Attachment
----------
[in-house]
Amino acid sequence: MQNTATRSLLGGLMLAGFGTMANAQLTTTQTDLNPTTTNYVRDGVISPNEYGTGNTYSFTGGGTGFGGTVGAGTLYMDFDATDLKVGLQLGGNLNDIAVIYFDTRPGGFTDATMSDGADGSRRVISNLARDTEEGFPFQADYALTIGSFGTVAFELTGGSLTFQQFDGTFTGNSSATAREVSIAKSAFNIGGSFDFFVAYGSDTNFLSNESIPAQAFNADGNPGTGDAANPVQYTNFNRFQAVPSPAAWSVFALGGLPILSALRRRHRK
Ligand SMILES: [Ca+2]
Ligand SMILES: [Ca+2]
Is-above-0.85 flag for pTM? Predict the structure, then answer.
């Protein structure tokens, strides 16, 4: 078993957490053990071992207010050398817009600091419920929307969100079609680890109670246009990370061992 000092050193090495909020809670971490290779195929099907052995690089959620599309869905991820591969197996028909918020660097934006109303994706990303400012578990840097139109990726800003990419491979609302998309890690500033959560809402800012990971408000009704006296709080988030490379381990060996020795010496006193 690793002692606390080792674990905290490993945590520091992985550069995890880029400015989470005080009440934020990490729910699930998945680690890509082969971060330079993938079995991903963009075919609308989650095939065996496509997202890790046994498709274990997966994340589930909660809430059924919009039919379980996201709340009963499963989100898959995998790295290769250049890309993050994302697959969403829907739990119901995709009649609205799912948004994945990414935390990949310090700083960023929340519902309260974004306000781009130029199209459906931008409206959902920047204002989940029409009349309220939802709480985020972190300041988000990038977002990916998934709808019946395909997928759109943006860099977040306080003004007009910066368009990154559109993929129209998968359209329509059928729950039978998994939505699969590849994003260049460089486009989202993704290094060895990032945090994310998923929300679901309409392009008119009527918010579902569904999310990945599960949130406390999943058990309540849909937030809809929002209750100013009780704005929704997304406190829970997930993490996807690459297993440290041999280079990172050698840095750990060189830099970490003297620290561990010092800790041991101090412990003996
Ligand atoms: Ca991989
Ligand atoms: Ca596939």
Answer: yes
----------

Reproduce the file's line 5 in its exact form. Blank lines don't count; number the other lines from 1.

Is-above-0.85 flag for pTM? Predict the structure, then answer.